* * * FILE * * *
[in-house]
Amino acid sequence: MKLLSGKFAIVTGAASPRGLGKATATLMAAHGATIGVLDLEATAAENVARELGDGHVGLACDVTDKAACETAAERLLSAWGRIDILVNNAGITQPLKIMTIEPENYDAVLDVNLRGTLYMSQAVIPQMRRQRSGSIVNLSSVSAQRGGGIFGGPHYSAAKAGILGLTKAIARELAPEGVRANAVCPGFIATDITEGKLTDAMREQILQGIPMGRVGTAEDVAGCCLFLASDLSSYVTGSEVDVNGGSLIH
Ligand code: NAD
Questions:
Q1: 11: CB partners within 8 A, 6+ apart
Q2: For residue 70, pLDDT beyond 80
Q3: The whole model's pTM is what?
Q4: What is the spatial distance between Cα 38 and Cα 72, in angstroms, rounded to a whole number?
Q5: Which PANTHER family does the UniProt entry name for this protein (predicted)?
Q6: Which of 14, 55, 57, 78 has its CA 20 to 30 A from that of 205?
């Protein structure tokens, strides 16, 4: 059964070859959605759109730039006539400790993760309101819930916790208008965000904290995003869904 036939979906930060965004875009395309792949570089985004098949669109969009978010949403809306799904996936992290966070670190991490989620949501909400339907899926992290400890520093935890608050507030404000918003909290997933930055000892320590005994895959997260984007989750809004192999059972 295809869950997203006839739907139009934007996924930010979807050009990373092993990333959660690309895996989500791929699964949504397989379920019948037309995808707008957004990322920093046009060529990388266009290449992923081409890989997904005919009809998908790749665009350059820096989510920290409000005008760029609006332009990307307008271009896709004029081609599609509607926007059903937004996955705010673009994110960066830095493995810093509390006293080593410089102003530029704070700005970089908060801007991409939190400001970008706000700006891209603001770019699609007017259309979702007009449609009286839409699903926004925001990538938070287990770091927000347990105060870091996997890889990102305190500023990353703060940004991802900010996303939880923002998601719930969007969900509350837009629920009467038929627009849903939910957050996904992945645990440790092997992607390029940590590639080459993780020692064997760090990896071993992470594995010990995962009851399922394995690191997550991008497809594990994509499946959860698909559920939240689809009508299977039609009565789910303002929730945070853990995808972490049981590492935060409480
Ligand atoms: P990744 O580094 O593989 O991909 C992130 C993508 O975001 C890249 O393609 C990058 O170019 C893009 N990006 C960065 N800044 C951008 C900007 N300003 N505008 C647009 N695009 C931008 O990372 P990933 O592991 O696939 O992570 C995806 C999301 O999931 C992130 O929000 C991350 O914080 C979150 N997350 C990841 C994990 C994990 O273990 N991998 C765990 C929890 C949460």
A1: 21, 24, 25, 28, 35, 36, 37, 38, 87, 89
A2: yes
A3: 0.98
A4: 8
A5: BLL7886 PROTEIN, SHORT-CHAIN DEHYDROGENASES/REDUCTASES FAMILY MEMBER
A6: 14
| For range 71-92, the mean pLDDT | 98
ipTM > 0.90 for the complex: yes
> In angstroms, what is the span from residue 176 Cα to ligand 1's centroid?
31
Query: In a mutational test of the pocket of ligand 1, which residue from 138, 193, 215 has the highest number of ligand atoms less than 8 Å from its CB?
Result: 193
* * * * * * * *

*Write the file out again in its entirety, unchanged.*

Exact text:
[in-house]
Amino acid sequence: MKLLSGKFAIVTGAASPRGLGKATATLMAAHGATIGVLDLEATAAENVARELGDGHVGLACDVTDKAACETAAERLLSAWGRIDILVNNAGITQPLKIMTIEPENYDAVLDVNLRGTLYMSQAVIPQMRRQRSGSIVNLSSVSAQRGGGIFGGPHYSAAKAGILGLTKAIARELAPEGVRANAVCPGFIATDITEGKLTDAMREQILQGIPMGRVGTAEDVAGCCLFLASDLSSYVTGSEVDVNGGSLIH
Ligand code: NAD
Questions:
Q1: 11: CB partners within 8 A, 6+ apart
Q2: For residue 70, pLDDT beyond 80
Q3: The whole model's pTM is what?
Q4: What is the spatial distance between Cα 38 and Cα 72, in angstroms, rounded to a whole number?
Q5: Which PANTHER family does the UniProt entry name for this protein (predicted)?
Q6: Which of 14, 55, 57, 78 has its CA 20 to 30 A from that of 205?
């Protein structure tokens, strides 16, 4: 059964070859959605759109730039006539400790993760309101819930916790208008965000904290995003869904 036939979906930060965004875009395309792949570089985004098949669109969009978010949403809306799904996936992290966070670190991490989620949501909400339907899926992290400890520093935890608050507030404000918003909290997933930055000892320590005994895959997260984007989750809004192999059972 295809869950997203006839739907139009934007996924930010979807050009990373092993990333959660690309895996989500791929699964949504397989379920019948037309995808707008957004990322920093046009060529990388266009290449992923081409890989997904005919009809998908790749665009350059820096989510920290409000005008760029609006332009990307307008271009896709004029081609599609509607926007059903937004996955705010673009994110960066830095493995810093509390006293080593410089102003530029704070700005970089908060801007991409939190400001970008706000700006891209603001770019699609007017259309979702007009449609009286839409699903926004925001990538938070287990770091927000347990105060870091996997890889990102305190500023990353703060940004991802900010996303939880923002998601719930969007969900509350837009629920009467038929627009849903939910957050996904992945645990440790092997992607390029940590590639080459993780020692064997760090990896071993992470594995010990995962009851399922394995690191997550991008497809594990994509499946959860698909559920939240689809009508299977039609009565789910303002929730945070853990995808972490049981590492935060409480
Ligand atoms: P990744 O580094 O593989 O991909 C992130 C993508 O975001 C890249 O393609 C990058 O170019 C893009 N990006 C960065 N800044 C951008 C900007 N300003 N505008 C647009 N695009 C931008 O990372 P990933 O592991 O696939 O992570 C995806 C999301 O999931 C992130 O929000 C991350 O914080 C979150 N997350 C990841 C994990 C994990 O273990 N991998 C765990 C929890 C949460």
A1: 21, 24, 25, 28, 35, 36, 37, 38, 87, 89
A2: yes
A3: 0.98
A4: 8
A5: BLL7886 PROTEIN, SHORT-CHAIN DEHYDROGENASES/REDUCTASES FAMILY MEMBER
A6: 14
| For range 71-92, the mean pLDDT | 98
ipTM > 0.90 for the complex: yes
> In angstroms, what is the span from residue 176 Cα to ligand 1's centroid?
31
Query: In a mutational test of the pocket of ligand 1, which residue from 138, 193, 215 has the highest number of ligand atoms less than 8 Å from its CB?
Result: 193